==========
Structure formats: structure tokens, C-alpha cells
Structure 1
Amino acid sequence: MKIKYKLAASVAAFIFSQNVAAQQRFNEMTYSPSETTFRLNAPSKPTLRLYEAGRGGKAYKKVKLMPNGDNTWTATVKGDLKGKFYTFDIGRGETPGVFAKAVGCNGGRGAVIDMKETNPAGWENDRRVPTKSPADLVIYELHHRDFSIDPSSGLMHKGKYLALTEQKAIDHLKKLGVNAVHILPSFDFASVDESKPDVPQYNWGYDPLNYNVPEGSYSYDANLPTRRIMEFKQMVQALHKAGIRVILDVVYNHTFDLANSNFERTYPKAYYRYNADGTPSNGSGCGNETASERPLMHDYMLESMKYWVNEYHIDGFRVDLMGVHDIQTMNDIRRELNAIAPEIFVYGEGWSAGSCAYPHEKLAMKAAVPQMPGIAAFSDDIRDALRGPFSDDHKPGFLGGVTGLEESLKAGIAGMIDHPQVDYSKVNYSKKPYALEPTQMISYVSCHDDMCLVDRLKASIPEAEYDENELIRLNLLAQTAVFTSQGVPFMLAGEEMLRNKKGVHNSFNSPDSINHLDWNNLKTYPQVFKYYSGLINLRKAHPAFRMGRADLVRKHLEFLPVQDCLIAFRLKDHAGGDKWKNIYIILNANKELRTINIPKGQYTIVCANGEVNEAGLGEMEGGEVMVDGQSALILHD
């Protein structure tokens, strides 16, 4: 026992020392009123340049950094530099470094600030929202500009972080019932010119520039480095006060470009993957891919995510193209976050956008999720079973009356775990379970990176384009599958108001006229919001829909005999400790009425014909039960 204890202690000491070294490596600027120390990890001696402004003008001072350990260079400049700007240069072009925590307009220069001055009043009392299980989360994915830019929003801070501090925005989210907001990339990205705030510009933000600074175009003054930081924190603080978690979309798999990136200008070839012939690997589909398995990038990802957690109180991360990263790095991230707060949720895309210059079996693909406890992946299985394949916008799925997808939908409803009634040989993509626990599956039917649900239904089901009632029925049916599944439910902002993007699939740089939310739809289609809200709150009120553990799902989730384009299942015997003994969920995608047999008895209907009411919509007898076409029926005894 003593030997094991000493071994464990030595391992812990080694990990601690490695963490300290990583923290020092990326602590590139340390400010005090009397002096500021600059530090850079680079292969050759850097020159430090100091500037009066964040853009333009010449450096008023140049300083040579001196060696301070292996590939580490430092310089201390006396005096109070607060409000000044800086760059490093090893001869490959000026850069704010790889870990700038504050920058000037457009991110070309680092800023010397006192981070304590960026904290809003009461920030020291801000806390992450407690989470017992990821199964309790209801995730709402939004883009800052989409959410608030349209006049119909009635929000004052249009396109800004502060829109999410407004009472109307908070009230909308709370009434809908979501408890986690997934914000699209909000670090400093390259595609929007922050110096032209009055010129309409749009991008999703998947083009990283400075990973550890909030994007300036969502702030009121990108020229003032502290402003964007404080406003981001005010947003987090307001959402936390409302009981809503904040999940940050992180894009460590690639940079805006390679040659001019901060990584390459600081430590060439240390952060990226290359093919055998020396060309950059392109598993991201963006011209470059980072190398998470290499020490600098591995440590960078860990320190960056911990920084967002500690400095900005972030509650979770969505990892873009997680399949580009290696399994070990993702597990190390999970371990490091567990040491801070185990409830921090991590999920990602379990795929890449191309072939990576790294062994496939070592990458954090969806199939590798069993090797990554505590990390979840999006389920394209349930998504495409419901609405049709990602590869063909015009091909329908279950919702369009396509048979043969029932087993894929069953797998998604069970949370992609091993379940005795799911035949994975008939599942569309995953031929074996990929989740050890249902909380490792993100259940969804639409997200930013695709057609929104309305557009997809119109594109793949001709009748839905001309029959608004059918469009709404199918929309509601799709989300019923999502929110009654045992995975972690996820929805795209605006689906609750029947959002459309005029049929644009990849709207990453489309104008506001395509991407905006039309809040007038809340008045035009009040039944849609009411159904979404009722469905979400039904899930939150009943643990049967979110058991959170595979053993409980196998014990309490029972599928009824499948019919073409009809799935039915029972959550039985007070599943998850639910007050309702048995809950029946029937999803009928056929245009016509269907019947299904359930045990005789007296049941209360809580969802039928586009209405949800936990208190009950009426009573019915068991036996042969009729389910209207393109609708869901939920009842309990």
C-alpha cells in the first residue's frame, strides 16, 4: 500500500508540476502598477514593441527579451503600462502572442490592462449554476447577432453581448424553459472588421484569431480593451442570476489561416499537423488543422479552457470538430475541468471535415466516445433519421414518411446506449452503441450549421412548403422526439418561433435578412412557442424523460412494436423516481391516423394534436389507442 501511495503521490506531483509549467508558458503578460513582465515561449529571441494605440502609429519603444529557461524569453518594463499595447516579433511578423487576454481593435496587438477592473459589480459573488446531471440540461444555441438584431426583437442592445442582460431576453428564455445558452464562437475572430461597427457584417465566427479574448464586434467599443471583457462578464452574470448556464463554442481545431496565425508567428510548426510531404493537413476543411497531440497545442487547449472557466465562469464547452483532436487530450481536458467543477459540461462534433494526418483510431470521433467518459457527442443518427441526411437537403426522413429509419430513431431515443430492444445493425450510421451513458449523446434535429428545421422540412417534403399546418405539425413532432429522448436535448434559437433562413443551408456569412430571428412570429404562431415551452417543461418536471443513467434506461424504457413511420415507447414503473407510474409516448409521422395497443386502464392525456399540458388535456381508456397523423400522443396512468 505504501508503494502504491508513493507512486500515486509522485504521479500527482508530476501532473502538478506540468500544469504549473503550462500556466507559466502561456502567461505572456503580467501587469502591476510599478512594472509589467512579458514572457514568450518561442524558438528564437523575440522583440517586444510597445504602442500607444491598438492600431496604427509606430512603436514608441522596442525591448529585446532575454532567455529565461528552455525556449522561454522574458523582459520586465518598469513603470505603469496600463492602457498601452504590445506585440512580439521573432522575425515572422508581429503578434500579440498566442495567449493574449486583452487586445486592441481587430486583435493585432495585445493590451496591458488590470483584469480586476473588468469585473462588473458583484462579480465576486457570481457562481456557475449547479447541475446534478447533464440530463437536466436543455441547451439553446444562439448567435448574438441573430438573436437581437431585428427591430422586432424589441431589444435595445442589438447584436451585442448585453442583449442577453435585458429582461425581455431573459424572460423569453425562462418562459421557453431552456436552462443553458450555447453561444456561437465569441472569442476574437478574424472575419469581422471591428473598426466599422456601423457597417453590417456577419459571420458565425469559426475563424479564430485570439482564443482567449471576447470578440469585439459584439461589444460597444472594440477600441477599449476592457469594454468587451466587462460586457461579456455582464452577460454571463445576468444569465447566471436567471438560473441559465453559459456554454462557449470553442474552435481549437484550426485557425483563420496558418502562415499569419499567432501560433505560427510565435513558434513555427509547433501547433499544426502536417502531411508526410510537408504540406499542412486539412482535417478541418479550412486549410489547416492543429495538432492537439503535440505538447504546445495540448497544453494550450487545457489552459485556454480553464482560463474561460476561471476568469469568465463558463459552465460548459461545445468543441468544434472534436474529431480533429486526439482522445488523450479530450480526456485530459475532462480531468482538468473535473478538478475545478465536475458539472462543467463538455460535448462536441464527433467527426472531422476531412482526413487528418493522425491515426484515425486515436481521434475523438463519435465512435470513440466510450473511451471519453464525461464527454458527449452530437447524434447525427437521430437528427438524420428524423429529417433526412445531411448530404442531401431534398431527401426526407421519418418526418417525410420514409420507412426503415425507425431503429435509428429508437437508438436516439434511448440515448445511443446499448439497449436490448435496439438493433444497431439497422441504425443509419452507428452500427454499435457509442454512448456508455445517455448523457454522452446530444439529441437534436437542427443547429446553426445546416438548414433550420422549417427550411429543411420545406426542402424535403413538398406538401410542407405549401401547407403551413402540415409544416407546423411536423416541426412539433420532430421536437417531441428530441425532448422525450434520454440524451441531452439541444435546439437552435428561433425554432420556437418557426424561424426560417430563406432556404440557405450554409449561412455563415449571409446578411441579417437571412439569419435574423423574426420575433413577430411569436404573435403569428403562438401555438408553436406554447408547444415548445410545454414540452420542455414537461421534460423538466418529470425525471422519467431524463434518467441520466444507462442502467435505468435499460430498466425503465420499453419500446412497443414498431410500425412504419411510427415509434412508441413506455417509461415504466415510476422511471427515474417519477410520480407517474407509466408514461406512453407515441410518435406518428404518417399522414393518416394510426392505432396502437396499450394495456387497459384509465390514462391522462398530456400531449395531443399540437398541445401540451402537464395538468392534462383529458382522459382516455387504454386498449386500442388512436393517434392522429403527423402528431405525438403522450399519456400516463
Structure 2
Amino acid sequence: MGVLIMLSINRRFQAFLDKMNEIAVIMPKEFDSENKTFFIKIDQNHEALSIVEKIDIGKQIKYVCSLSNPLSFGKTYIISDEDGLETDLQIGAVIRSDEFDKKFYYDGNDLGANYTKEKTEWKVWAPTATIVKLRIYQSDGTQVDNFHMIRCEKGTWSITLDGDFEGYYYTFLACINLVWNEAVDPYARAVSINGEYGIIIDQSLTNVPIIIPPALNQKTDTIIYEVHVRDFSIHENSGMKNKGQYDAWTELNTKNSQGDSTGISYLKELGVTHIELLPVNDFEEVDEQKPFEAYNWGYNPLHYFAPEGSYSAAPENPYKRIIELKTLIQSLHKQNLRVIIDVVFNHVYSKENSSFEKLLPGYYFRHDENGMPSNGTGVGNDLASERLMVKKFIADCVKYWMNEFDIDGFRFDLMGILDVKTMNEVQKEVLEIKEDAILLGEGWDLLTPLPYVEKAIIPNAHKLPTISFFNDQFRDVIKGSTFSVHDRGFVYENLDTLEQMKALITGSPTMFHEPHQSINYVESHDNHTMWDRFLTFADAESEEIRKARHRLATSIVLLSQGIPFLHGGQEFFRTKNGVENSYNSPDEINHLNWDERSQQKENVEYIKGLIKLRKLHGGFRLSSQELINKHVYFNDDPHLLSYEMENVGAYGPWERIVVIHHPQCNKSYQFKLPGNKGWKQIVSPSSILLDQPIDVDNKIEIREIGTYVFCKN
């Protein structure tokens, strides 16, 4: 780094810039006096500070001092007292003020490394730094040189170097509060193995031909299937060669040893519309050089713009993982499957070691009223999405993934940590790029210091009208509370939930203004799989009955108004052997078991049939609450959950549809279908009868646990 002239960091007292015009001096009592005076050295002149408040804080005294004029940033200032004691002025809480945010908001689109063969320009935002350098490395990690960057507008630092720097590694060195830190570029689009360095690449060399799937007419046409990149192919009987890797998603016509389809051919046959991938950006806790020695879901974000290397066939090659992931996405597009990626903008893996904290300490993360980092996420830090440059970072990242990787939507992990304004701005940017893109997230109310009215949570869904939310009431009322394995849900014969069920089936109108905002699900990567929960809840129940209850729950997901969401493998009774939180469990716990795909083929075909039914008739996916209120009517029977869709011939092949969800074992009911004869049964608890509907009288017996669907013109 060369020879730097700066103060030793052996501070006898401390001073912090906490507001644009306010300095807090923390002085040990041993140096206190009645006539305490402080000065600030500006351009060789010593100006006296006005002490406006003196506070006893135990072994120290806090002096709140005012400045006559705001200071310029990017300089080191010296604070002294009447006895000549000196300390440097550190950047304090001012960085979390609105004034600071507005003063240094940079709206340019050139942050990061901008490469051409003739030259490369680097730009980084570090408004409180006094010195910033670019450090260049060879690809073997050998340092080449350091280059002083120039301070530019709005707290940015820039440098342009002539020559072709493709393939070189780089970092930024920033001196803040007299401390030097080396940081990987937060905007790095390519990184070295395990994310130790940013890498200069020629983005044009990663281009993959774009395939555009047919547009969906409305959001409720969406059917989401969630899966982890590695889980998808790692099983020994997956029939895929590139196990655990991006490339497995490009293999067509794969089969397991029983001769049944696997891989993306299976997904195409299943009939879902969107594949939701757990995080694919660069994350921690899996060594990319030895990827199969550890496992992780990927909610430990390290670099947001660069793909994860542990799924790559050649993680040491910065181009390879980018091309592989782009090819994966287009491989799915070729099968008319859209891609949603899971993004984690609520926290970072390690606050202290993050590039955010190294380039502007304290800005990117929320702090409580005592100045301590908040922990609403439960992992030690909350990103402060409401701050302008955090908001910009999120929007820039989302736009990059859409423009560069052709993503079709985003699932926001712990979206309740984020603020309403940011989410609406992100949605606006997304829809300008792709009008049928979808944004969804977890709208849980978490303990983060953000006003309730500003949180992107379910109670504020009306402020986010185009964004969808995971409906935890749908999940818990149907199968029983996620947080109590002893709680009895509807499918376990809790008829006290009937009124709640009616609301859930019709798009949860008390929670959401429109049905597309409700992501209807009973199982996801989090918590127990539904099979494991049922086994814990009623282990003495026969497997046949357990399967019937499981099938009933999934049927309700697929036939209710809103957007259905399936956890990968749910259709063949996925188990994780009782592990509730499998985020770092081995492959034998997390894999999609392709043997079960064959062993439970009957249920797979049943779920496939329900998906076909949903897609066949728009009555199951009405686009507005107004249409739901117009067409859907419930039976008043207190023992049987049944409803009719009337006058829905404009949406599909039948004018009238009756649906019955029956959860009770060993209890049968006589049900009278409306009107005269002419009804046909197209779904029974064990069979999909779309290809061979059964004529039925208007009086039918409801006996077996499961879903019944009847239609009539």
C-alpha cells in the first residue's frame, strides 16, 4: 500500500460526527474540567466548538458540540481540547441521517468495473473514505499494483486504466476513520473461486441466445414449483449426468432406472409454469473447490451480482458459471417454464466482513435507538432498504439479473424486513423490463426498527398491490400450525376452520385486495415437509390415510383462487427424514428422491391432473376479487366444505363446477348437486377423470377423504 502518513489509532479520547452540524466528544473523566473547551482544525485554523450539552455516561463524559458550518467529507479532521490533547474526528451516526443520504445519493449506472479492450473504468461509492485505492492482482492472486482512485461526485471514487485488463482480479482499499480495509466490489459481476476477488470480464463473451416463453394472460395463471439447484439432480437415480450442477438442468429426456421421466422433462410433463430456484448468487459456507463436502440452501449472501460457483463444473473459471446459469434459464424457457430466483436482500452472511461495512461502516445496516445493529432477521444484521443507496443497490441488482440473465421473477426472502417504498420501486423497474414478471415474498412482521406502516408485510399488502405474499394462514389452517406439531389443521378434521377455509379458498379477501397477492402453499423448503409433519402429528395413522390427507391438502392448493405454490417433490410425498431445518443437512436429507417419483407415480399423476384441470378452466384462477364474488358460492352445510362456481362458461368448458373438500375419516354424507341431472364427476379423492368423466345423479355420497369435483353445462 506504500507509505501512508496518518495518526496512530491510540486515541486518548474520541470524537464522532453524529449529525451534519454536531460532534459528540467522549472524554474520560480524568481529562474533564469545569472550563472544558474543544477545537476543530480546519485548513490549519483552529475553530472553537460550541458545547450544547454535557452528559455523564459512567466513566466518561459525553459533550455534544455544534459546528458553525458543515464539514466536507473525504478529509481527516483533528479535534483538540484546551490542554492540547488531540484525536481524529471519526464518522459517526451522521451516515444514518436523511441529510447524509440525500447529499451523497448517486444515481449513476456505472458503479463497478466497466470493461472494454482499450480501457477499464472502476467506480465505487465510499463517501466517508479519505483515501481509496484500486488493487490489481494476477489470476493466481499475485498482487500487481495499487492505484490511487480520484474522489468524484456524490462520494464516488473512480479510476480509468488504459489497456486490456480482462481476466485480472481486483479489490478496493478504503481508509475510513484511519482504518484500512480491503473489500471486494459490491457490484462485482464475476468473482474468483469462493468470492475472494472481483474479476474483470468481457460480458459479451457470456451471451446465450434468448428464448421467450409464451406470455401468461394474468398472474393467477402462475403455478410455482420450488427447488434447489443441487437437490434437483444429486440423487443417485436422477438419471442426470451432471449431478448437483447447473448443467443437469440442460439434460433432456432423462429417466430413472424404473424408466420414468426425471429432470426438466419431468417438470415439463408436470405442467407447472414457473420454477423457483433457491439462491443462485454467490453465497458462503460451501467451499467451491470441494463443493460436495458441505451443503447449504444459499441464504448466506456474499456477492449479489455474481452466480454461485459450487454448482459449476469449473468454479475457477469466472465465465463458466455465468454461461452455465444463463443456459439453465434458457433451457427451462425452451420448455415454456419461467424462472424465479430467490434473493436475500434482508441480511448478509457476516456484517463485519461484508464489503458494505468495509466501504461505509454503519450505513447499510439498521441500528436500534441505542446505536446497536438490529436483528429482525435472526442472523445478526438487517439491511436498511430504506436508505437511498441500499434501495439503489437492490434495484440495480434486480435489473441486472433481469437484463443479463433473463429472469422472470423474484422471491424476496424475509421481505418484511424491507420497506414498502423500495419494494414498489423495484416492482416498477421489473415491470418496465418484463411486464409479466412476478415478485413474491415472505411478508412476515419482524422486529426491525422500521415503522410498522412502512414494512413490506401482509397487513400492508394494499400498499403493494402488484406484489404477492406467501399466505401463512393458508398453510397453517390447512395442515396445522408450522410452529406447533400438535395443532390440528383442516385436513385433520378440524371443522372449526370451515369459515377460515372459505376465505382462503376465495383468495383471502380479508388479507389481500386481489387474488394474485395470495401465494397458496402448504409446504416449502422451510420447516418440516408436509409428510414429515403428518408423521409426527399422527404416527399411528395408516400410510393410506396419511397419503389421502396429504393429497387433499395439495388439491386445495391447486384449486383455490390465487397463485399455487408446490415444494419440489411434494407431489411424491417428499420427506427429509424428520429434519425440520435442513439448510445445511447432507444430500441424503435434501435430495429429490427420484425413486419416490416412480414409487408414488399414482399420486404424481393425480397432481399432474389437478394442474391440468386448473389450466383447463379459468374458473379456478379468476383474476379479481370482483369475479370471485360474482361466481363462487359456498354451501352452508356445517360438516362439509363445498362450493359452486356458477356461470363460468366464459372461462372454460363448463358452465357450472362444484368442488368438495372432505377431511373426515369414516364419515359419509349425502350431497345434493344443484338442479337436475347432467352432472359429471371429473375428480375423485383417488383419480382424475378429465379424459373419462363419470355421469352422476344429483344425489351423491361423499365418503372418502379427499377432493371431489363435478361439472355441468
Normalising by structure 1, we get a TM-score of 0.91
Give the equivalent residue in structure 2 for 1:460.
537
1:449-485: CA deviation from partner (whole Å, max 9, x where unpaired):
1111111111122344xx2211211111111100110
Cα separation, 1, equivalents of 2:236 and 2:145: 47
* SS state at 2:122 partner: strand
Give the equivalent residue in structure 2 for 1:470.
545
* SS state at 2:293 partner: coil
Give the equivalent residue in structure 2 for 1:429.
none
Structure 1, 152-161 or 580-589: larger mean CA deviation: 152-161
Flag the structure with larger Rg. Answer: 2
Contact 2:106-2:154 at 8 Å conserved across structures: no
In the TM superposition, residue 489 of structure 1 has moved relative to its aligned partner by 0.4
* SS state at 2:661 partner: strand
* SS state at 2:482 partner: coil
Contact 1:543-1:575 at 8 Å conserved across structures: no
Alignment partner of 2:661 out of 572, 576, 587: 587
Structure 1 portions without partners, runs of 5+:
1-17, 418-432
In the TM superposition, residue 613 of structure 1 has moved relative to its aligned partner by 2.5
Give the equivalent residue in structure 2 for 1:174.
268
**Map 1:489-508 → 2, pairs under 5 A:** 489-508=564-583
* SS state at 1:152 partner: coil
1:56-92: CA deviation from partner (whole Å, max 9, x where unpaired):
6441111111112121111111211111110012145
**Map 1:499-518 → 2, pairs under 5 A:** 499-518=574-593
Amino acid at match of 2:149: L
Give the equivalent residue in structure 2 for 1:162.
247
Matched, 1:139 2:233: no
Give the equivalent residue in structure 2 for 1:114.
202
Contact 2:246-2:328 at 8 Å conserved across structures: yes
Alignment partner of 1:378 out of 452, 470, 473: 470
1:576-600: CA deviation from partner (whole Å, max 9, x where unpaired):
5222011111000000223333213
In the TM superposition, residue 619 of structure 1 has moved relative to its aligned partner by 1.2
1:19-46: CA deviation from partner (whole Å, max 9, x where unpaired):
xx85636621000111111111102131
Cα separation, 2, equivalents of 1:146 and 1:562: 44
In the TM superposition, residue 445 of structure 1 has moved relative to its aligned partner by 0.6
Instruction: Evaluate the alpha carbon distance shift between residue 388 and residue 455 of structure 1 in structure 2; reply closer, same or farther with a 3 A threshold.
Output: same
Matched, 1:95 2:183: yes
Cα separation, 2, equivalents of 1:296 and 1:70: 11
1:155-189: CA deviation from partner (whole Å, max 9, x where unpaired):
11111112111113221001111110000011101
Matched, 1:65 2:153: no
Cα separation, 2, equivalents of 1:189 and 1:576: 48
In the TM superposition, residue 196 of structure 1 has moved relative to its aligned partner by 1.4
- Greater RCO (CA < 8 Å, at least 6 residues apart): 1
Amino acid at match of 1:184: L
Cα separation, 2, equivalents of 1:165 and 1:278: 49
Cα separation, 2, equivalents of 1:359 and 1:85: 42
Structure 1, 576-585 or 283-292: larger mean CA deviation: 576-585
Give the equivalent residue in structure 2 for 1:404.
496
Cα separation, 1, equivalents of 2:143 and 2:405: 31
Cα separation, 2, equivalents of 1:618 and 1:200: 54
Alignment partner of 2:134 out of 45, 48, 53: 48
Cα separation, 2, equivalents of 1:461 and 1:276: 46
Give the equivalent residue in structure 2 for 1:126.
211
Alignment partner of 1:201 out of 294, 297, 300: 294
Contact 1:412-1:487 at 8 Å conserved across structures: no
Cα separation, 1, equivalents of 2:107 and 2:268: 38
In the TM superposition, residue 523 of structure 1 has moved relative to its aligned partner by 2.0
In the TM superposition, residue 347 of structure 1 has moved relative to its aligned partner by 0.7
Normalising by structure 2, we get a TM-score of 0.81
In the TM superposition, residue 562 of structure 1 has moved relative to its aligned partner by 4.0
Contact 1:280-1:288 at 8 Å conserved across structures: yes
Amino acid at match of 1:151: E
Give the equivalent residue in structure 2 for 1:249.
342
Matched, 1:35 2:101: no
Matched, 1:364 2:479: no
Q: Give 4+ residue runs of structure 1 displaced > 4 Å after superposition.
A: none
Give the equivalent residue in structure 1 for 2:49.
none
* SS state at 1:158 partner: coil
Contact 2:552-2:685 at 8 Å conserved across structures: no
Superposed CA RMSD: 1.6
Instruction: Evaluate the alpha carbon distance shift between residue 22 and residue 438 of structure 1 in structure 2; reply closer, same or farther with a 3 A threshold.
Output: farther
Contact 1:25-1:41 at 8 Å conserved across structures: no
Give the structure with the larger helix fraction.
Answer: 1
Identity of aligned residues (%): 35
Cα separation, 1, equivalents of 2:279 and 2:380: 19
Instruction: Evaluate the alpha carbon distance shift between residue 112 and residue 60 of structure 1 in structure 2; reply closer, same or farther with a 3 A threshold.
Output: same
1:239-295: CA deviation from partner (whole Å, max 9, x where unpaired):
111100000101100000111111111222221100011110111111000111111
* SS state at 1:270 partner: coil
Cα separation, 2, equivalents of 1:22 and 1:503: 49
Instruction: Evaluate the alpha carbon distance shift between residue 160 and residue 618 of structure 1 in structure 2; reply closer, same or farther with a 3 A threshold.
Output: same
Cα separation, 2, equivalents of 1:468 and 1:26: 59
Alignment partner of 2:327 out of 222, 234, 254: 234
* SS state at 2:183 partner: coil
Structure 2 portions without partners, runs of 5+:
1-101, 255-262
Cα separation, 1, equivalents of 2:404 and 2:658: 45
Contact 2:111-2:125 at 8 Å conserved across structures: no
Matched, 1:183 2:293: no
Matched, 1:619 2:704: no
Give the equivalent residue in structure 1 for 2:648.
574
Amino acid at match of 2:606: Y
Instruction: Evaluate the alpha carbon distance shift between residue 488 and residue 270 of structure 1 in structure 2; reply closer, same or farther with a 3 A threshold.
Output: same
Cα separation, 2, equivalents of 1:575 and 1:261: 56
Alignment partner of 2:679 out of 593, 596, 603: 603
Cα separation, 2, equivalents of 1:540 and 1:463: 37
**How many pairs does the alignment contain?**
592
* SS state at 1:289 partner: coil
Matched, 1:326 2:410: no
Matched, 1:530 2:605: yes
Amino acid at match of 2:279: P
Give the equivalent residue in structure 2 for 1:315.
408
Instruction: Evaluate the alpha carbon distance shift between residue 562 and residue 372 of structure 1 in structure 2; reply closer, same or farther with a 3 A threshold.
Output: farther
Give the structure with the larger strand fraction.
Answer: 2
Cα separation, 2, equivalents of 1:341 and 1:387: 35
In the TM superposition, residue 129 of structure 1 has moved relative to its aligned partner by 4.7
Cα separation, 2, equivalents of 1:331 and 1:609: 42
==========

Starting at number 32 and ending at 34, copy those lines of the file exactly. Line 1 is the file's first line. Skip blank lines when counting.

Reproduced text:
In the TM superposition, residue 613 of structure 1 has moved relative to its aligned partner by 2.5
Give the equivalent residue in structure 2 for 1:174.
268